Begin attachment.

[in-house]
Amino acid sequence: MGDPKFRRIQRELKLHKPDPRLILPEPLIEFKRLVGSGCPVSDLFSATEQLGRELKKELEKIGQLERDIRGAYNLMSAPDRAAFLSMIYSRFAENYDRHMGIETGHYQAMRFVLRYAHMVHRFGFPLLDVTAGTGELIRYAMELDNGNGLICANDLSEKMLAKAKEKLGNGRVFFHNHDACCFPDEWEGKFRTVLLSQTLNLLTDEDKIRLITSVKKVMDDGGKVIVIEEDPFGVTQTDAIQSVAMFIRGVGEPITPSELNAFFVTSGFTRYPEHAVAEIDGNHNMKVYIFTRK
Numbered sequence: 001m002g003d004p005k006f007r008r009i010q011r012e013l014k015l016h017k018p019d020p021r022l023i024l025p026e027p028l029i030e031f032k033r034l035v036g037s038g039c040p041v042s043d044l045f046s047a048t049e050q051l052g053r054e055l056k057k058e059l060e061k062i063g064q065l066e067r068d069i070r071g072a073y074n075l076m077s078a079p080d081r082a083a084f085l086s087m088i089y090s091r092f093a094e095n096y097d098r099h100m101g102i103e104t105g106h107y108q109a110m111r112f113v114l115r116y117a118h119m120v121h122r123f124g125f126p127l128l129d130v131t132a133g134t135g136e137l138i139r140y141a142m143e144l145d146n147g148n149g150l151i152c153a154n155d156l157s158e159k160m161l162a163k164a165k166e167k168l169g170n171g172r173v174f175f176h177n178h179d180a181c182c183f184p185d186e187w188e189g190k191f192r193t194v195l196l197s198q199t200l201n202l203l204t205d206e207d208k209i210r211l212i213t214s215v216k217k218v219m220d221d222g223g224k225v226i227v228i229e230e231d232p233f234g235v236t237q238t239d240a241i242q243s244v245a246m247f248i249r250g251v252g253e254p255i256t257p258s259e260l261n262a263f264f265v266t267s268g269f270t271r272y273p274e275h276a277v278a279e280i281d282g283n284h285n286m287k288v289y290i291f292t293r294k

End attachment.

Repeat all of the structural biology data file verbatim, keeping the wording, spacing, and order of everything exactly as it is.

[in-house]
Amino acid sequence: MGDPKFRRIQRELKLHKPDPRLILPEPLIEFKRLVGSGCPVSDLFSATEQLGRELKKELEKIGQLERDIRGAYNLMSAPDRAAFLSMIYSRFAENYDRHMGIETGHYQAMRFVLRYAHMVHRFGFPLLDVTAGTGELIRYAMELDNGNGLICANDLSEKMLAKAKEKLGNGRVFFHNHDACCFPDEWEGKFRTVLLSQTLNLLTDEDKIRLITSVKKVMDDGGKVIVIEEDPFGVTQTDAIQSVAMFIRGVGEPITPSELNAFFVTSGFTRYPEHAVAEIDGNHNMKVYIFTRK
Numbered sequence: 001m002g003d004p005k006f007r008r009i010q011r012e013l014k015l016h017k018p019d020p021r022l023i024l025p026e027p028l029i030e031f032k033r034l035v036g037s038g039c040p041v042s043d044l045f046s047a048t049e050q051l052g053r054e055l056k057k058e059l060e061k062i063g064q065l066e067r068d069i070r071g072a073y074n075l076m077s078a079p080d081r082a083a084f085l086s087m088i089y090s091r092f093a094e095n096y097d098r099h100m101g102i103e104t105g106h107y108q109a110m111r112f113v114l115r116y117a118h119m120v121h122r123f124g125f126p127l128l129d130v131t132a133g134t135g136e137l138i139r140y141a142m143e144l145d146n147g148n149g150l151i152c153a154n155d156l157s158e159k160m161l162a163k164a165k166e167k168l169g170n171g172r173v174f175f176h177n178h179d180a181c182c183f184p185d186e187w188e189g190k191f192r193t194v195l196l197s198q199t200l201n202l203l204t205d206e207d208k209i210r211l212i213t214s215v216k217k218v219m220d221d222g223g224k225v226i227v228i229e230e231d232p233f234g235v236t237q238t239d240a241i242q243s244v245a246m247f248i249r250g251v252g253e254p255i256t257p258s259e260l261n262a263f264f265v266t267s268g269f270t271r272y273p274e275h276a277v278a279e280i281d282g283n284h285n286m287k288v289y290i291f292t293r294k